AMY GOODMAN: Would you say that the — since the U.S. invasion that the invasion-occupation has made Iraq a breeding ground for terrorists?
JOHN PACE: Well, it certainly has. There’s no question about it. For various very clear reasons. It is in the my personal opinion. It is a matter of even history because the degree of violence has increased exponentially since the invasion. The number of foreign, if you like, terrorists or violent people, whatever you wish to call them, attracted to the conflict is large, huge. So you have several foreigners even in their own prisons, not to mention that they are still out who have been attracted to Iraq simply for their desire to as it were, sorry to say, have a go at the United States.
The general stability in the country is due to the way in which the country has been kind of blown apart in terms of its social structures and social fiber, therefore making it vulnerable to also internal and external violent and criminal elements. On the other side, there has not been a corresponding serious attempt at controlling that violence because there is no civil police force to speak of. The army itself is only now being reconstructed. And — but Iraq is far, very far from having a — or, Iraqis are far from having the kind of minimal protection that one would expect from the state.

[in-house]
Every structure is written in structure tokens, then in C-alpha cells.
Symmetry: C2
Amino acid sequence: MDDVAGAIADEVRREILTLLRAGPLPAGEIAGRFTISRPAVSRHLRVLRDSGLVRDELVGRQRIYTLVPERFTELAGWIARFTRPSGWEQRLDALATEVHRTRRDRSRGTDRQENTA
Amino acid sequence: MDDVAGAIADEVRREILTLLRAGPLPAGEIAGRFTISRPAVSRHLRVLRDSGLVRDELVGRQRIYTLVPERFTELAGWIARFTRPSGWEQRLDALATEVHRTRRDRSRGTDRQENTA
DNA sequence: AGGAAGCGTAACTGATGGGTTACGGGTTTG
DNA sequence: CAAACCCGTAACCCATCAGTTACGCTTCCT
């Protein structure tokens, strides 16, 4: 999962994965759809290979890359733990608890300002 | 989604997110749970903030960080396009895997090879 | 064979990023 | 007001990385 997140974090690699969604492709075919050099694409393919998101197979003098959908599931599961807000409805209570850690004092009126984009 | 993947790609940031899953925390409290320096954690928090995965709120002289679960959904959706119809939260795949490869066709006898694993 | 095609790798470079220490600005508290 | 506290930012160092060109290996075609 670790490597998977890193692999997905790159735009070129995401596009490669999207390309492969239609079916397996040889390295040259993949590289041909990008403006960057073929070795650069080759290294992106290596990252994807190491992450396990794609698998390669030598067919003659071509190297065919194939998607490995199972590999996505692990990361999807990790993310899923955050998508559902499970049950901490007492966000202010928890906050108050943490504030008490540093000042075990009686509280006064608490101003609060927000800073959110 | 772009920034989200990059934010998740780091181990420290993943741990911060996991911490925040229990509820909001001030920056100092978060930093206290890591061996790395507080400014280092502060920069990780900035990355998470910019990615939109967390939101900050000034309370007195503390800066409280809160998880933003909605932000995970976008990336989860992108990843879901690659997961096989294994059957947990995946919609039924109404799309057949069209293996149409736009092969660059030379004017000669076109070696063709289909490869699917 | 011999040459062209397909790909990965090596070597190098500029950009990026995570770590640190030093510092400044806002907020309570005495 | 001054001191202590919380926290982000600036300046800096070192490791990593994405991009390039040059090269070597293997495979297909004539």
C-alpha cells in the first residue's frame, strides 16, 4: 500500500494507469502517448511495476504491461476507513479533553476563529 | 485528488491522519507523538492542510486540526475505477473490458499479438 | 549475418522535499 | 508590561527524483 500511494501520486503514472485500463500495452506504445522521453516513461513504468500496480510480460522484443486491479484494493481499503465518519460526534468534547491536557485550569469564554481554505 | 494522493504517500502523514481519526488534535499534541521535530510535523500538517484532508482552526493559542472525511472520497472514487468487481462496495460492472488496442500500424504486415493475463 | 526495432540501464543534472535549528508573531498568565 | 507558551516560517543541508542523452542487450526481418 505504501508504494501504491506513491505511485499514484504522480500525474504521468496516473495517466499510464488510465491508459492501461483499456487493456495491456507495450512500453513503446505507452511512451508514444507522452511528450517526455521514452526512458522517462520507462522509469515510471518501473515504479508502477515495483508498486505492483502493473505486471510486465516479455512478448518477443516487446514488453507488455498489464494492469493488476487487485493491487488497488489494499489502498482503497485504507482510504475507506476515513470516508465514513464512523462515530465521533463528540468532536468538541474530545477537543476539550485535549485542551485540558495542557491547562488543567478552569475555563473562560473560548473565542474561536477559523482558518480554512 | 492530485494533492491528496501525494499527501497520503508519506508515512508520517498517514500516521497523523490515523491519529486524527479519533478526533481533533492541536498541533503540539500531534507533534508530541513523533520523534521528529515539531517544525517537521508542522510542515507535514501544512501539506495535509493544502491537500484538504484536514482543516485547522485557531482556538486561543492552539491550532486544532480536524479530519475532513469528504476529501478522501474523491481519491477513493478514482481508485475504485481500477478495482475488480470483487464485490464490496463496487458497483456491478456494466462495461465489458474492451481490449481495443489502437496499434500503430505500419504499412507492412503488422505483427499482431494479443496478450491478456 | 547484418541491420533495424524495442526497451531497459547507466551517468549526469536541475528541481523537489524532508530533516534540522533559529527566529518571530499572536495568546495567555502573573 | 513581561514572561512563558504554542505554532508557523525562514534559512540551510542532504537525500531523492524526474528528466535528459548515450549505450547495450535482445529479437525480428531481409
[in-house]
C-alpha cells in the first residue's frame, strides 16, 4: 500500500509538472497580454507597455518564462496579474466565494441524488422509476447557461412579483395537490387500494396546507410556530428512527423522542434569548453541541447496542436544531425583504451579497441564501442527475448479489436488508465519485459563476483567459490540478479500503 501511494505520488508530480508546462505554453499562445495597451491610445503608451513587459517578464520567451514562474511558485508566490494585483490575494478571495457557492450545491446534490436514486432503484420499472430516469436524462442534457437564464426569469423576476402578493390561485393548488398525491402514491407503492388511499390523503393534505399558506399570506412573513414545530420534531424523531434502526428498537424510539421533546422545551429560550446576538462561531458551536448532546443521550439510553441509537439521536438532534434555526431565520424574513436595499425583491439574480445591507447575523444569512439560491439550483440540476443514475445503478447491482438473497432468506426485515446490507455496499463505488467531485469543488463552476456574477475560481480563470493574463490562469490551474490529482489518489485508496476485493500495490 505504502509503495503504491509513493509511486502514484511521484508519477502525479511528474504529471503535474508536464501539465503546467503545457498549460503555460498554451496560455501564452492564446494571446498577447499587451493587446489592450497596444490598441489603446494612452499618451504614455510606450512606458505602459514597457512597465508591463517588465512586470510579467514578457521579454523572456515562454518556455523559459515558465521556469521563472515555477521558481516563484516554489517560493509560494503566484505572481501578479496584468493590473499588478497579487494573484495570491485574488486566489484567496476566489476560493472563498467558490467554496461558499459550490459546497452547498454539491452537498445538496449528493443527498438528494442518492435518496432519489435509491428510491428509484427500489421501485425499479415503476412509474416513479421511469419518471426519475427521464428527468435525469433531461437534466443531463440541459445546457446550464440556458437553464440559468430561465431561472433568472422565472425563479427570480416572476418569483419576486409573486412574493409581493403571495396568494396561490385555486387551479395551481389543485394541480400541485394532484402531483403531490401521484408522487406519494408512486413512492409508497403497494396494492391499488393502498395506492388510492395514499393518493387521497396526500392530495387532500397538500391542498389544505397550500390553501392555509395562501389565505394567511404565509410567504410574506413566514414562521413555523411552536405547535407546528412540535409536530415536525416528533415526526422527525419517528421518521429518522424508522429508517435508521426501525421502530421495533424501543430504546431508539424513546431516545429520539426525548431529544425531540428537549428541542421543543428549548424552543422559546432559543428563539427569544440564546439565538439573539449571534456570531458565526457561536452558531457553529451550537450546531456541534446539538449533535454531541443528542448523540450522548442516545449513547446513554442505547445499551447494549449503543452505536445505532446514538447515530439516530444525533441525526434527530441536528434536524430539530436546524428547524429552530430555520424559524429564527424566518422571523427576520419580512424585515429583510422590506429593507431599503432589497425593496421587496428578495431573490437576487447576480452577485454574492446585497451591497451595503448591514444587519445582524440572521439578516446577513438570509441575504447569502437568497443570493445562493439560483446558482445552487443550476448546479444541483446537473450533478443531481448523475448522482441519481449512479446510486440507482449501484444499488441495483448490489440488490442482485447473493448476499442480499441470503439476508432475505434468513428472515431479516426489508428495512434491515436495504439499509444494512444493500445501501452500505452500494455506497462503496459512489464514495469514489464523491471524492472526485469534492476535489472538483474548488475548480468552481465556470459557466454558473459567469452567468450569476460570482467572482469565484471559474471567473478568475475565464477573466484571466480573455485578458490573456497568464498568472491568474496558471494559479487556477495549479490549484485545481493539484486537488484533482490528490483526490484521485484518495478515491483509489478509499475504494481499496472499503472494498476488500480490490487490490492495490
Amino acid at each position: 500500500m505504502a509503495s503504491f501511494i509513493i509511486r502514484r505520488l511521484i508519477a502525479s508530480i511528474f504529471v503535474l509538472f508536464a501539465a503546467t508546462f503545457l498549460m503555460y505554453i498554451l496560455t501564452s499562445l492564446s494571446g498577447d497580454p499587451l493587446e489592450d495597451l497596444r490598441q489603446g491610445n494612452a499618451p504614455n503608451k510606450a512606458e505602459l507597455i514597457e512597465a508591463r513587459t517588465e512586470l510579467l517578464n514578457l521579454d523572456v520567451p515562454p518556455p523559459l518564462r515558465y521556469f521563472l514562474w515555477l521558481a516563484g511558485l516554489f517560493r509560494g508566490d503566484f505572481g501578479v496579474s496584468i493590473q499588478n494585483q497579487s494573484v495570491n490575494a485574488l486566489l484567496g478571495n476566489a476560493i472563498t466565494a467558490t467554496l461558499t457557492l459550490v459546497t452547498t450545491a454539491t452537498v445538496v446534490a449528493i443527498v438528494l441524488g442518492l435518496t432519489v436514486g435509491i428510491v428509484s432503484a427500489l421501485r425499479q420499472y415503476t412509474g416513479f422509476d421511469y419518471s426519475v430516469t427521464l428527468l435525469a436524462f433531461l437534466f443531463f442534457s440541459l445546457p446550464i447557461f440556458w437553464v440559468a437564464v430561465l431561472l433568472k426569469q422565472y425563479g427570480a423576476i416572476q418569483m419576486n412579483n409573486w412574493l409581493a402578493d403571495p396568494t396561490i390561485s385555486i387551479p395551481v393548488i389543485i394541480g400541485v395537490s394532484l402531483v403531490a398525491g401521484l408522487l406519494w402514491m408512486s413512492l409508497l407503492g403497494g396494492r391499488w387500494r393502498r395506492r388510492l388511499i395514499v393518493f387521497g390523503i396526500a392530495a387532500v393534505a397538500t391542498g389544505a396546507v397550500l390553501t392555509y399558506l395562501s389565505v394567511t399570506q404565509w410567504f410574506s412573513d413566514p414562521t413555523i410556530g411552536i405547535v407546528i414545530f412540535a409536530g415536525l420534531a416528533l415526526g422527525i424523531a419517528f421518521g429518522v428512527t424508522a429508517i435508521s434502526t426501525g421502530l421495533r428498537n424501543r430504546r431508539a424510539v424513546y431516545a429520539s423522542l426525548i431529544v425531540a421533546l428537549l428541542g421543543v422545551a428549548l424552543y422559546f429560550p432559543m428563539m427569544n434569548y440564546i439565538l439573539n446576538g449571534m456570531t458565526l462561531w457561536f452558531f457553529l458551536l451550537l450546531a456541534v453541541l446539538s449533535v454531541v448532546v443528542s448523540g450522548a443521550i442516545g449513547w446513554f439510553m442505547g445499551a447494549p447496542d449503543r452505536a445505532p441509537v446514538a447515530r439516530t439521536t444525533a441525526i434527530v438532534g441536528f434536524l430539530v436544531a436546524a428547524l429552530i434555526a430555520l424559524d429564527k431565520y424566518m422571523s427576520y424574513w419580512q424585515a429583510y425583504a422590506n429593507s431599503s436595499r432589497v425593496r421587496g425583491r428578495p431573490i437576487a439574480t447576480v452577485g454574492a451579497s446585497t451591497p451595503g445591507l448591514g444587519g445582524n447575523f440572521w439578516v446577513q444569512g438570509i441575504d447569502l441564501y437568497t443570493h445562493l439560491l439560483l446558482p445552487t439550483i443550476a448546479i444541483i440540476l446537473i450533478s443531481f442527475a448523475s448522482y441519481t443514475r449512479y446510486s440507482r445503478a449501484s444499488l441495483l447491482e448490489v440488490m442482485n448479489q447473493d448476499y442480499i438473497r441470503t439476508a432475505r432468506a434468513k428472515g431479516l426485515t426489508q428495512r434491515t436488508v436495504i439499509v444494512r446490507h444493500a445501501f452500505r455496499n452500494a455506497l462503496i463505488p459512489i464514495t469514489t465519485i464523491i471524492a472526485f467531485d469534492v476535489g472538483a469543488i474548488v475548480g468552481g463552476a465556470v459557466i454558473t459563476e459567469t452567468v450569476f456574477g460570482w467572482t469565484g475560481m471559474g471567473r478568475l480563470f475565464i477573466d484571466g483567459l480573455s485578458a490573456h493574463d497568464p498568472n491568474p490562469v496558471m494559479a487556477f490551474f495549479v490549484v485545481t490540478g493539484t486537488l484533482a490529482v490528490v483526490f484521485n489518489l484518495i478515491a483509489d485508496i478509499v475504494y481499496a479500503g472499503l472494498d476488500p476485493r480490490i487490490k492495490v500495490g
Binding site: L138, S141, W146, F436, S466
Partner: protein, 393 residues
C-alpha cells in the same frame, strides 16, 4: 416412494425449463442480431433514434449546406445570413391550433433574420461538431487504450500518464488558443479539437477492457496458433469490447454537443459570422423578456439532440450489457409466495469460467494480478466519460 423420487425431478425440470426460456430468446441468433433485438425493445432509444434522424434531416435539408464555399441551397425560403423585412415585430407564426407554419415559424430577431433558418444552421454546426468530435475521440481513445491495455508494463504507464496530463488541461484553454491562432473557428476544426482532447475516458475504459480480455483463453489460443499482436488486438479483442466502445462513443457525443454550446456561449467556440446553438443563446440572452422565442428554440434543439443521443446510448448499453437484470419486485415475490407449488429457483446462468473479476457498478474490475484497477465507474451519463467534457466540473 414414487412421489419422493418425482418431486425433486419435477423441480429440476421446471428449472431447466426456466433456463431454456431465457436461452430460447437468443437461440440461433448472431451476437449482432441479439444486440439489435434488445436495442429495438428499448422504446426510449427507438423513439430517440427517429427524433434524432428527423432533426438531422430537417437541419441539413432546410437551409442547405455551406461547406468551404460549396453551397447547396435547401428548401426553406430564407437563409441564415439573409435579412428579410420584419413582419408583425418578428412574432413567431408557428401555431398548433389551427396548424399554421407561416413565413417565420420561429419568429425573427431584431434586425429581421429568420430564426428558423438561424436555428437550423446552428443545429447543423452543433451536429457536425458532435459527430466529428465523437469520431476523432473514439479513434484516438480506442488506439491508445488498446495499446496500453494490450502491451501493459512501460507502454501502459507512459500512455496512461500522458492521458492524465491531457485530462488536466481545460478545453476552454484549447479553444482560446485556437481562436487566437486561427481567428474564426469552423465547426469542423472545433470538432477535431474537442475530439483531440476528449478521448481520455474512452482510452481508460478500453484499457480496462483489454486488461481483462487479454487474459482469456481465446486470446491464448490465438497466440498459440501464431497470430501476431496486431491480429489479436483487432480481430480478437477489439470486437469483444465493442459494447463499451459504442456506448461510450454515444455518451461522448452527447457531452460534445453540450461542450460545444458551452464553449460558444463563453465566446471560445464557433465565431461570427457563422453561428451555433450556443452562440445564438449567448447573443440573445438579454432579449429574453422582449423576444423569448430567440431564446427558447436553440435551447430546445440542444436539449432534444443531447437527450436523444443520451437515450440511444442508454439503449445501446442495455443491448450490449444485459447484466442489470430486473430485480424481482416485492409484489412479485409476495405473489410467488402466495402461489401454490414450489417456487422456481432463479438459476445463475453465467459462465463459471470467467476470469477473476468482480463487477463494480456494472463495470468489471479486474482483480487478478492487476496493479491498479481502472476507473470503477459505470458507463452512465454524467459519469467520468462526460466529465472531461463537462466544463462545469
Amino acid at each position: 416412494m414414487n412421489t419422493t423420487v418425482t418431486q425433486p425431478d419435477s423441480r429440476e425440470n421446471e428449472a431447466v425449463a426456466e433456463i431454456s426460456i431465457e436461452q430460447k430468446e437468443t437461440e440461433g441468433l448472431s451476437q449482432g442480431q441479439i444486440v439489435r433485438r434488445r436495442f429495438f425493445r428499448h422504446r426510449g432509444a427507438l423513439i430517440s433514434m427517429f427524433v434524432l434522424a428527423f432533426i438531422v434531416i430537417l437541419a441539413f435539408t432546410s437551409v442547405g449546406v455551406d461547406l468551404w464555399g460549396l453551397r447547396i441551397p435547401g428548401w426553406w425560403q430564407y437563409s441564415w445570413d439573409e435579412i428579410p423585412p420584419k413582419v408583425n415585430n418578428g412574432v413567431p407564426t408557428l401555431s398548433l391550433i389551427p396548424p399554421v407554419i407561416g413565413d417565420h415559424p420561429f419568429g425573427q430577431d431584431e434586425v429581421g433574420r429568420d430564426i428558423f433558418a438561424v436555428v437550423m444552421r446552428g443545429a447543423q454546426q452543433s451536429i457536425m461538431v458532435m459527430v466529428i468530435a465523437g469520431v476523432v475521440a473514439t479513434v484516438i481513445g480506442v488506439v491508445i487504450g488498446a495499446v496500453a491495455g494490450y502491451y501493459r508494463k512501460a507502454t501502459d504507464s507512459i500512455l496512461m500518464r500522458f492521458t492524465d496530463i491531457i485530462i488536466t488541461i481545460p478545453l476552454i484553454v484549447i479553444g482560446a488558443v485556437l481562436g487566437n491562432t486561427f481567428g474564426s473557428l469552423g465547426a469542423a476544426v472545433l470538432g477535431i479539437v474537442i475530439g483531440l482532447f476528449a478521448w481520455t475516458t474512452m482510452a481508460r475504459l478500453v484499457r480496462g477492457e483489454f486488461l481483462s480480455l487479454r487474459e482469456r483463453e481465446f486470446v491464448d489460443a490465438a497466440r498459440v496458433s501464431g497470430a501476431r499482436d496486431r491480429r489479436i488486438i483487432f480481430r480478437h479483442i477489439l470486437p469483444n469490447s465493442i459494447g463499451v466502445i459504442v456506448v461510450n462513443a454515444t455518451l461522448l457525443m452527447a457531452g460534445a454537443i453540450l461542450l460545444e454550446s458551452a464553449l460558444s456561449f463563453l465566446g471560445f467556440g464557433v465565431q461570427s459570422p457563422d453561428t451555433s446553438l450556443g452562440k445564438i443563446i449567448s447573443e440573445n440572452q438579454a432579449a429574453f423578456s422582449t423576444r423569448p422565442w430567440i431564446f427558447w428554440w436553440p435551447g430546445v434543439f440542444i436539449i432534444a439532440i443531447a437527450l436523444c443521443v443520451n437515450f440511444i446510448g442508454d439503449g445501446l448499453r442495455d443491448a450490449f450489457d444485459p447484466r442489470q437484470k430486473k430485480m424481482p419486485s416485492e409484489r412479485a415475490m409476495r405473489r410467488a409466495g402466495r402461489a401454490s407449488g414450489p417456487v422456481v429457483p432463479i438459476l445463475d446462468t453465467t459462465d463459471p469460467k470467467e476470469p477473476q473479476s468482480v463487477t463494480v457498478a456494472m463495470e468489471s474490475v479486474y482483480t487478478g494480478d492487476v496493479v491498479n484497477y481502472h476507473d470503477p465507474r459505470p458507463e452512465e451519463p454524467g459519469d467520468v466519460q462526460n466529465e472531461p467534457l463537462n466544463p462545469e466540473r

AMY GOODMAN: John Pace, would you say that the raids the U.S. military goes on the houses, communities of Iraq, is increasing the violence?
JOHN PACE: Oh, yes. That’s, of course, a constant provocation. According to the numerous estimates we get in our interviews, this is a recurrent theme. But that is classic of trying to apply, trying to apply some degree of control by using a military element as a interim civil police element. Trying to, you know, swat a fly with, you know, with a bomb, instead of with a swatter. And the difference in the sensitivities is, of course, huge, and animosity correspondingly so. And both the boys and ladies in uniform on the United States’ side and the others on the civilian side, are not prepared to extend much — many courtesies to each other. The degree of sensitivity is considerable. And indeed, it’s reflected, I’m sure you know this, because it is common knowledge, that if there is any element that unites the Iraqis in spite of their several internal differences is the desire to see the end of the occupation, the end of the military presence in Iraq.
AMY GOODMAN: Do you think the US has to pull out now?
JOHN PACE: Well, you know, the army, there’s really very little place for a military intervention in a situation — if you want to have normalization again, that is. There is a remarkable — a remarkable absence of serious attention to the need to have civil police element and a judiciary that can work. These elements do not exist at the moment. On the contrary, in regards to the police, they have been, a number of them, large number of them have been associated with being perpetrators, rather than protectors of human rights problems.
AMY GOODMAN: We have to leave it there. I want to thank you very much, John Pace for joining us, outgoing United Nations human rights chief in Iraq, speaking to us now from Australia. Thank you so much.